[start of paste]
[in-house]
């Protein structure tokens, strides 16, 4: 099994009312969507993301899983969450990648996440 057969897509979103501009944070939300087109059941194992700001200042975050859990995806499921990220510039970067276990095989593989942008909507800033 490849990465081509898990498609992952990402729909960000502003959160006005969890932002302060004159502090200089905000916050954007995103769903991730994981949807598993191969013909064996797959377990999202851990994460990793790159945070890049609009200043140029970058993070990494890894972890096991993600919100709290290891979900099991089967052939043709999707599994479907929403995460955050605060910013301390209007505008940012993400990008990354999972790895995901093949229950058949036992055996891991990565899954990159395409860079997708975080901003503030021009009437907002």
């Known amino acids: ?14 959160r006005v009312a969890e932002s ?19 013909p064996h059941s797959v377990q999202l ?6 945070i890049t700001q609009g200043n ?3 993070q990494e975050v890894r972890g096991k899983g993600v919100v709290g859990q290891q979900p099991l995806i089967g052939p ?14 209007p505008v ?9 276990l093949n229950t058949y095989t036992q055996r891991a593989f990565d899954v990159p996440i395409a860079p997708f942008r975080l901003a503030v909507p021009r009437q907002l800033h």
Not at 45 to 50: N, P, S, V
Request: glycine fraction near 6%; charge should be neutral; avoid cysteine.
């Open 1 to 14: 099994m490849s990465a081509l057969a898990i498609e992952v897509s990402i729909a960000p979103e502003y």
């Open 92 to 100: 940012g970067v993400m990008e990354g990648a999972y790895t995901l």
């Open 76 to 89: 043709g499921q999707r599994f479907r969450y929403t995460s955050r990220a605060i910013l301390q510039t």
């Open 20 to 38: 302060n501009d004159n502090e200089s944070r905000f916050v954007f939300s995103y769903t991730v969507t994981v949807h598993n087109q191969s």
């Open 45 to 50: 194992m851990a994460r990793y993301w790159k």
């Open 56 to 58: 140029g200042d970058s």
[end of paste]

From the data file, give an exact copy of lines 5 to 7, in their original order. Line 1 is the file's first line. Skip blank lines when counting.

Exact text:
Request: glycine fraction near 6%; charge should be neutral; avoid cysteine.
């Open 1 to 14: 099994m490849s990465a081509l057969a898990i498609e992952v897509s990402i729909a960000p979103e502003y």
């Open 92 to 100: 940012g970067v993400m990008e990354g990648a999972y790895t995901l």